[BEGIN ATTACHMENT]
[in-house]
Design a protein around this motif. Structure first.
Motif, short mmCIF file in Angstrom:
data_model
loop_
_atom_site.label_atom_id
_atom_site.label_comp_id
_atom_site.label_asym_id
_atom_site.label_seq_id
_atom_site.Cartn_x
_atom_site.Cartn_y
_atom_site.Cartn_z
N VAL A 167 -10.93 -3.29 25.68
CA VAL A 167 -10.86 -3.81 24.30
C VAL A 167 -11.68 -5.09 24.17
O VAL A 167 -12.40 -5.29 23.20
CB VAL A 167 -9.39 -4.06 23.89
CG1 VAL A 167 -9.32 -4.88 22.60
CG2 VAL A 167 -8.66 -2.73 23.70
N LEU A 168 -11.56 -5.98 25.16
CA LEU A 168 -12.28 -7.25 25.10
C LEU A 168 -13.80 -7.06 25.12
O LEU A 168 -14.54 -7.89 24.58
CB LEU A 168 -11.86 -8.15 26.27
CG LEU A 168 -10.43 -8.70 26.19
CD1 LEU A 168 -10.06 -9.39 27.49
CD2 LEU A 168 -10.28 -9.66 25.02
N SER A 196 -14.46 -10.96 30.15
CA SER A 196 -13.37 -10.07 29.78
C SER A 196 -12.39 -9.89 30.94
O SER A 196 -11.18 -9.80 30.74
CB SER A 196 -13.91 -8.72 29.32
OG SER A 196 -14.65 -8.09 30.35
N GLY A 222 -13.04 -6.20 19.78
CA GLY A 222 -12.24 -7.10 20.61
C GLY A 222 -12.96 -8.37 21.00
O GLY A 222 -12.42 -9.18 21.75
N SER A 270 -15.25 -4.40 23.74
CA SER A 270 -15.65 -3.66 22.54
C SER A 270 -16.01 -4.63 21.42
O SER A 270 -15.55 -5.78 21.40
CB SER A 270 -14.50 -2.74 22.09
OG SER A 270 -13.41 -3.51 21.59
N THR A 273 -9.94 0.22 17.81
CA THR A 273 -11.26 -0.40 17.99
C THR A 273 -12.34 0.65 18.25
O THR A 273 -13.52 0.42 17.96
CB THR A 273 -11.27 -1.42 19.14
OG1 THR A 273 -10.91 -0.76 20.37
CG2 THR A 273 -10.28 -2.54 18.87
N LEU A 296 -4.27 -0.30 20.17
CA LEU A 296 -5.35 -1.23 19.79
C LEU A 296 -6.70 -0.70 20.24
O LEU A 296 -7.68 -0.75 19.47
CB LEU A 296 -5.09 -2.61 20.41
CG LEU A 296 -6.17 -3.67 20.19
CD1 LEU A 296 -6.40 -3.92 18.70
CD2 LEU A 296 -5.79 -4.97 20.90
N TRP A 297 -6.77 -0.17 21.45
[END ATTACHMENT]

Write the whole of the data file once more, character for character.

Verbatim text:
[in-house]
Design a protein around this motif. Structure first.
Motif, short mmCIF file in Angstrom:
data_model
loop_
_atom_site.label_atom_id
_atom_site.label_comp_id
_atom_site.label_asym_id
_atom_site.label_seq_id
_atom_site.Cartn_x
_atom_site.Cartn_y
_atom_site.Cartn_z
N VAL A 167 -10.93 -3.29 25.68
CA VAL A 167 -10.86 -3.81 24.30
C VAL A 167 -11.68 -5.09 24.17
O VAL A 167 -12.40 -5.29 23.20
CB VAL A 167 -9.39 -4.06 23.89
CG1 VAL A 167 -9.32 -4.88 22.60
CG2 VAL A 167 -8.66 -2.73 23.70
N LEU A 168 -11.56 -5.98 25.16
CA LEU A 168 -12.28 -7.25 25.10
C LEU A 168 -13.80 -7.06 25.12
O LEU A 168 -14.54 -7.89 24.58
CB LEU A 168 -11.86 -8.15 26.27
CG LEU A 168 -10.43 -8.70 26.19
CD1 LEU A 168 -10.06 -9.39 27.49
CD2 LEU A 168 -10.28 -9.66 25.02
N SER A 196 -14.46 -10.96 30.15
CA SER A 196 -13.37 -10.07 29.78
C SER A 196 -12.39 -9.89 30.94
O SER A 196 -11.18 -9.80 30.74
CB SER A 196 -13.91 -8.72 29.32
OG SER A 196 -14.65 -8.09 30.35
N GLY A 222 -13.04 -6.20 19.78
CA GLY A 222 -12.24 -7.10 20.61
C GLY A 222 -12.96 -8.37 21.00
O GLY A 222 -12.42 -9.18 21.75
N SER A 270 -15.25 -4.40 23.74
CA SER A 270 -15.65 -3.66 22.54
C SER A 270 -16.01 -4.63 21.42
O SER A 270 -15.55 -5.78 21.40
CB SER A 270 -14.50 -2.74 22.09
OG SER A 270 -13.41 -3.51 21.59
N THR A 273 -9.94 0.22 17.81
CA THR A 273 -11.26 -0.40 17.99
C THR A 273 -12.34 0.65 18.25
O THR A 273 -13.52 0.42 17.96
CB THR A 273 -11.27 -1.42 19.14
OG1 THR A 273 -10.91 -0.76 20.37
CG2 THR A 273 -10.28 -2.54 18.87
N LEU A 296 -4.27 -0.30 20.17
CA LEU A 296 -5.35 -1.23 19.79
C LEU A 296 -6.70 -0.70 20.24
O LEU A 296 -7.68 -0.75 19.47
CB LEU A 296 -5.09 -2.61 20.41
CG LEU A 296 -6.17 -3.67 20.19
CD1 LEU A 296 -6.40 -3.92 18.70
CD2 LEU A 296 -5.79 -4.97 20.90
N TRP A 297 -6.77 -0.17 21.45